Fatty foods such as cheese, butter, and cream are often considered culprits of heart disease – but according to a new study, a diet high in saturated fat could in fact bring significant health benefits.
Eating more naturally high-fat foods while limiting the amount of carbohydrates consumed did not cause an increase in harmful cholesterol, researchers at the University of Bergen in Norway found.
Simon Dankel, who led the study, told The Independent the research showed the human body “can do perfectly well with fats as its main energy source.”
“People will say: ‘you can’t lose weight, you can’t go on any diets with saturated fats, no matter what’,” said Dr Dankel.
“But in this context, we see a very positive metabolic response. You can base your energy in your diet on either on carbohydrates or fat. It doesn’t make a big difference.”
NHS guidelines advise people to eat less saturated fat, because a diet high in saturated fat can raise the level of cholesterol in the blood. Men are recommend men eat no more than 30g of saturated fat a day, and women no more than 20g.
Around 40 obese men took part in the study, which Dr Dankel said was more strictly controlled and therefore more reliable than previous research into low-carb diets.
Half were given a strict low-fat, high-carb diet, while the others ate fewer carbohydrates but doubled their intake of saturated fats, with 24 per cent of their entire energy intake for one day coming from butter alone.
“We emphasized dairy fats especially. The people were eating cream and butter, and some coconut oil,” said Dr Dankel, who stressed the diet didn’t include processed fats found in junk food.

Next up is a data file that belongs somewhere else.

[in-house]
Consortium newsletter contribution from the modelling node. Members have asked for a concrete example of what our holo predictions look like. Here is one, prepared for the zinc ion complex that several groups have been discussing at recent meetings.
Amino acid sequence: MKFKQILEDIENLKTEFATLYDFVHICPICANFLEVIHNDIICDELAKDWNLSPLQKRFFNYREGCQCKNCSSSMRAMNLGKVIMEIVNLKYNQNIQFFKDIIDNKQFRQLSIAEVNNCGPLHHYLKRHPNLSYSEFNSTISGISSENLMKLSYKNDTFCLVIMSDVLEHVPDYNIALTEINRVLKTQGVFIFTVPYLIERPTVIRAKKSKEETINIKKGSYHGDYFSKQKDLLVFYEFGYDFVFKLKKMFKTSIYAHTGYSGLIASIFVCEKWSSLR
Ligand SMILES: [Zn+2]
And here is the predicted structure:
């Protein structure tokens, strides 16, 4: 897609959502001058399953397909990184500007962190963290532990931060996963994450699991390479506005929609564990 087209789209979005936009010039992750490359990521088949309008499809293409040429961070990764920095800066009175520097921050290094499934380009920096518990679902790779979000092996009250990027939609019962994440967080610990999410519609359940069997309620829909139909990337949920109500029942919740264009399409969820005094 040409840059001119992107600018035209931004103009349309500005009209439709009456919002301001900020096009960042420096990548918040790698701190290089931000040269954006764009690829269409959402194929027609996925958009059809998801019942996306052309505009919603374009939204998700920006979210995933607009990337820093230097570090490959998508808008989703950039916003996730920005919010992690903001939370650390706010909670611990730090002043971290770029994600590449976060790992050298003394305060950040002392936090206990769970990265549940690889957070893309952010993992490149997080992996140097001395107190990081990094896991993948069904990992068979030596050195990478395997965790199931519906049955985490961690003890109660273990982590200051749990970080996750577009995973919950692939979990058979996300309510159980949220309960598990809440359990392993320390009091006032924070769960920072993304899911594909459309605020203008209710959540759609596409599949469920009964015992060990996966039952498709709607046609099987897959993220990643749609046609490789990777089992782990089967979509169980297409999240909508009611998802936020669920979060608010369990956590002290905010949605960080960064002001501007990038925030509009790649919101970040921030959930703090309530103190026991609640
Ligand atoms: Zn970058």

Both groups ate plenty of vegetables and neither exceeded an intake of 2100 calories a day.
By the end of the study, both groups had lost an average of 12kg, most of which was body fat, lowering their risk of obesity-related diseases such as high blood pressure and diabetes.
Dr Dankel said the new research questioned “the alleged strong adverse effect of saturated fats on health, which hadn’t been tested as directly before”.
“It’s not the fat per se, or on its own, that’s driving a negative health response. You can have just as good a health benefit on this high-fat diet as a low-fat diet in this context,” he said.
The research could help to explain the so-called ‘French paradox’, in which low rates of heart disease in France occurs alongside diets relatively rich in saturated fats.
Reduced-fat foods have become popular in the last few decades, said Dr Dankel, but manufacturers have “added sugar to replace the tasty fats”.
“Many people would say this has been a major experiment to our diet. During this time we’ve had the most increase in obesity and related diseases.”
However, The Times reported last month that swapping even one per cent of your daily calorie intake from saturated fats like butter and meat to vegetables, wholegrain carbohydrates or polyunsaturated fats found in olive oil and fish can cut the risk of heart disease.
According to the Harvard study published in the British Medical Journal, this could reduce the risk of heart disease by up to eight per cent.
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